Check out these two resumes below. On the left is the original CV of our client, John Kee. On the right is the updated version of his CV crafted by our team. We’ve reproduced his profile here with John’s permission.
Over a 45 day period, we doubled John’s interview call ups. His new CV articulated his experiences far better and showcased his true capabilities.
So how did we go from point A to point B?
How did we do it?
It starts with the client, and where they want to take their career moving forward. We ask clients to furnish us with job ads for positions they would like to apply for. The job ad lets our resume consultants know what exactly the client wants to do next, and what key skills need to played up in the new CV.
Next follows a one-to-one phone interview between the client and their personal resume consultant. These phone interviews are just informal chats to better understand clients and their needs, and to discuss the strategy we’ve devised based on their original CV and proposed job ads.
We usually talk through a client’s CV as it stands currently, and where they’d like it to be. We also discuss previous professional experiences, working together with the client to elaborate upon work scopes and highlight special achievements.
Here are a few questions a resume consultant might ask during a chat with an IT manager client:
– Let’s talk about your latest role. Give me a brief overview of your work there.
– Now let’s figure out some achievements for your resume. Since you’re applying for IT types of jobs, it’s important to show your technical skills and project management experiences. Are there any large projects you’ve led?
Check out this article we’ve written discussing how to best tease out achievements you’re your CV for a better idea of how our consultants might do this for our client.
We replaced the original plain layout with a new layout utilising brighter colours & cleaner fonts. The composition also makes it easier to read it with just one glance.
2. Job title
The moment a recruiter opens up this CV, they know that they’re looking at an IT Project Manager—that’s one tick box marked!
3. Executive Summary
The original CV did not contain an executive summary. With this incorporated into the revised CV, any recruiter will know that the client has over 10 years’ experience in the specific areas of Software Architecture, System Design and Development in the Asia Pacific region. This one line alone might be enough for them to continue reading.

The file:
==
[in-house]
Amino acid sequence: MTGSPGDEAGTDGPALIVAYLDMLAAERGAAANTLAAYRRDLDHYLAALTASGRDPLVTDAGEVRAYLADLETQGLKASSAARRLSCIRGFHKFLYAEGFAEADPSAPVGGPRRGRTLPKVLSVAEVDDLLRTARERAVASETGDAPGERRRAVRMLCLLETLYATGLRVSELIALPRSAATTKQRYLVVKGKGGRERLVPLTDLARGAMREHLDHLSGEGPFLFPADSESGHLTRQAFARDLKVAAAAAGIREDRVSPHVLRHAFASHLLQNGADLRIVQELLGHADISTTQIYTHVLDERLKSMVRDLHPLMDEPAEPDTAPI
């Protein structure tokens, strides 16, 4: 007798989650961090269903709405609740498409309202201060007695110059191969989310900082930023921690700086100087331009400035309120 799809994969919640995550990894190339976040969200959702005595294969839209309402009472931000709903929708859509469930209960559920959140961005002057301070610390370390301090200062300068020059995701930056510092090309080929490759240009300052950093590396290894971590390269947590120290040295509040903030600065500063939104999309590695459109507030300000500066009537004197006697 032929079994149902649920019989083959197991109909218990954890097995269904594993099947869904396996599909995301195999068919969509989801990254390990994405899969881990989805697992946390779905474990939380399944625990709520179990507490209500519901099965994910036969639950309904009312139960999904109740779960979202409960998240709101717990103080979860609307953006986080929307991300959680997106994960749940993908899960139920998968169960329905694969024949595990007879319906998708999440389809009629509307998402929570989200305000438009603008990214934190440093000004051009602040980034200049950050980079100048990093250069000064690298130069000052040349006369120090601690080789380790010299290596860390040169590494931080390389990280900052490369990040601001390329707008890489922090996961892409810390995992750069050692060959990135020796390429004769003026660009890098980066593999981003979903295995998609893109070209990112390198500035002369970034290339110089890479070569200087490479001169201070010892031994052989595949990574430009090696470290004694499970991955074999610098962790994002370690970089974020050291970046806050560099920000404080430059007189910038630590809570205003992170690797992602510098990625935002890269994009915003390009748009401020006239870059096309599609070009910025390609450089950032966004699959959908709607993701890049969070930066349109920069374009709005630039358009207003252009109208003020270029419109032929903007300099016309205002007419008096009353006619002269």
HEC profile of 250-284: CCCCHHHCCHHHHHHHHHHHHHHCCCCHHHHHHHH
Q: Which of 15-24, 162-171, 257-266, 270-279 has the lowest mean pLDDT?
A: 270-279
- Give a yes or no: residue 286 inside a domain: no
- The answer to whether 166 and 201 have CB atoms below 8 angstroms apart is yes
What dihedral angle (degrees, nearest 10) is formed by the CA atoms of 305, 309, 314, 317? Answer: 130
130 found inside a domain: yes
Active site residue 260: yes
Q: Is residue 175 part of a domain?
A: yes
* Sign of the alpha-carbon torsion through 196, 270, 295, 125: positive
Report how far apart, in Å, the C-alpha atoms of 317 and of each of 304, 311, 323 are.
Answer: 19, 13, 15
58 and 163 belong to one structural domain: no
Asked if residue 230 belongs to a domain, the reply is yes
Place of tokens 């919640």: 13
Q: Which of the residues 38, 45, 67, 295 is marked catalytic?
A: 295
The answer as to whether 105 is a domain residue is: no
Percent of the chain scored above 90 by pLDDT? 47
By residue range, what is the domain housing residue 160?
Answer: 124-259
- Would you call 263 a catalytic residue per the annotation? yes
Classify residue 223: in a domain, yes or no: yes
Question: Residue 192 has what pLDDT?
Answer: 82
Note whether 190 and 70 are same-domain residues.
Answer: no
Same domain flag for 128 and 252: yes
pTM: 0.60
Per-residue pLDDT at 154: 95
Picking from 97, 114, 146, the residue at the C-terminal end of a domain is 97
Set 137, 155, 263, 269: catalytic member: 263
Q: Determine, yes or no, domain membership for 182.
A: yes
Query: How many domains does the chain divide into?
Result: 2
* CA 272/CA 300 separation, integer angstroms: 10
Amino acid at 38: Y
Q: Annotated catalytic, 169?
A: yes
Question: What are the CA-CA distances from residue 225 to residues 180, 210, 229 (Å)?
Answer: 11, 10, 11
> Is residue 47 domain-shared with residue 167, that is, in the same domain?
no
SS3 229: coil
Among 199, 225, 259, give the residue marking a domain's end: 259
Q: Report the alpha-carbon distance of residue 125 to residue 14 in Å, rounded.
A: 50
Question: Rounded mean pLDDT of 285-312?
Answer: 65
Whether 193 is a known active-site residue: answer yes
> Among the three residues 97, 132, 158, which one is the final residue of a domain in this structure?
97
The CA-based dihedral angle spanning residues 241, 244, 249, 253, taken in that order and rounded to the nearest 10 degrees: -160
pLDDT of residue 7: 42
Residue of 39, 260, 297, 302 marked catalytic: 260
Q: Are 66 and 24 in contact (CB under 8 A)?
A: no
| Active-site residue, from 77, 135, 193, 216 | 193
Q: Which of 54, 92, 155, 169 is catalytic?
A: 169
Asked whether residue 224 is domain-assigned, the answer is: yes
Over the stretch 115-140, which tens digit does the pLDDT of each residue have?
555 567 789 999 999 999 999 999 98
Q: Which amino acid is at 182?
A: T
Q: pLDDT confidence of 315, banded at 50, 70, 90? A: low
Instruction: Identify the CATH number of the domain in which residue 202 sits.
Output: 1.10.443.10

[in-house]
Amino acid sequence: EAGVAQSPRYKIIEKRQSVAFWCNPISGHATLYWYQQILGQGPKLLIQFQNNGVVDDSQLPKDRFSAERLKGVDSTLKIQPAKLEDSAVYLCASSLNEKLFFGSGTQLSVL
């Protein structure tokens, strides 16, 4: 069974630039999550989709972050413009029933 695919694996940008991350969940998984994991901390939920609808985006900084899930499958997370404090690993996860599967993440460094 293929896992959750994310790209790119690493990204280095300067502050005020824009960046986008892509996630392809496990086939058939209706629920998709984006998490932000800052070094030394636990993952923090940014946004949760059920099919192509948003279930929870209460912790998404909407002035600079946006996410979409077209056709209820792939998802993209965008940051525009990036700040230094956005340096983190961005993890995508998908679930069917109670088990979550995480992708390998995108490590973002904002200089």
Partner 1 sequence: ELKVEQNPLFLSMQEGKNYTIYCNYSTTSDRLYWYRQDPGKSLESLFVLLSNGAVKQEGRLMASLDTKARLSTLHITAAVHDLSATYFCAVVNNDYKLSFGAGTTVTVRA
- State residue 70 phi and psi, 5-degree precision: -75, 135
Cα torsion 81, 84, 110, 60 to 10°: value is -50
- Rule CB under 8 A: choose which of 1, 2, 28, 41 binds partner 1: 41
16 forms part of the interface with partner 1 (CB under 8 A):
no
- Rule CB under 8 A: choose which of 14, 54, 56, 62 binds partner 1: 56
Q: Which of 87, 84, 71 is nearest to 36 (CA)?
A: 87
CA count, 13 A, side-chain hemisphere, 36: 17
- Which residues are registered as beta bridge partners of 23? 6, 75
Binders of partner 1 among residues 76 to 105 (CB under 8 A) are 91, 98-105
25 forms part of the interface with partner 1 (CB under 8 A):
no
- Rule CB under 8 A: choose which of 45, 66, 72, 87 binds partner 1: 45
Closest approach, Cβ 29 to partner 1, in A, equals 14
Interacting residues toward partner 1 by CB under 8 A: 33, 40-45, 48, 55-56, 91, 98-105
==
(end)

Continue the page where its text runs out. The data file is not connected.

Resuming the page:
The rest of the Executive Summary identifies the client’s strengths in IT project management—driving technical solutions, identifying process improvement opportunities, managing teams, and so on.
Check out our post on De-mystifying Executive Summaries for more details on writing up a great Executive Summary.
4. Technical skills
In the IT industry, a person’s knowledge and understanding of programming languages, operation systems, and other technical aspects is vital. We’ve polished up the original client’s version and placed it just before work experiences, providing potential hiring managers with a one-glance overview of the client’s technical skills.
This is also one place that our resume consultants have exploited key words—in this case, specific programming languages and operation systems—that will enable the client’s CV to pass through those tricky resume screeners. Check out our article about such resume scanning software here, for more information on how to bypass them!
5. Work experiences
The original CV is vague on specific details. Using information gleaned from the phone interview, we’ve added vital details, for example to the line: Lead team of 3 to manage annual budget up to USD 1 million and maintain IT systems across over 2300 end users
By quantifying the client’s work, we provide a more exact picture of his capabilities and value-add to his previous employers. This makes it more impactful to the reader.
We’ve also incorporated and emphasised the client’s achievements, showing that the client has experience leading a high-value project from start to finish. Check out our discussion on how to write great achievements for your resume.
These are important, but not as much as actual work experiences. So they’ve been moved to the bottom in the new CV. Note that the new CV mentions not only the university degree, but also the PMP certification—a much expected qualification in the IT industry.
8. Miscellaneous Information
We’ve moved the miscellaneous pertinent details to the bottom in the revised CV, limiting them to languages spoken, notice period and citizenship, as these are the points that would be relevant to a recruiter, if any (they will want to confirm your ability to work in Hong Kong, your ability to communicate in the workplace, and how soon you might be able to start).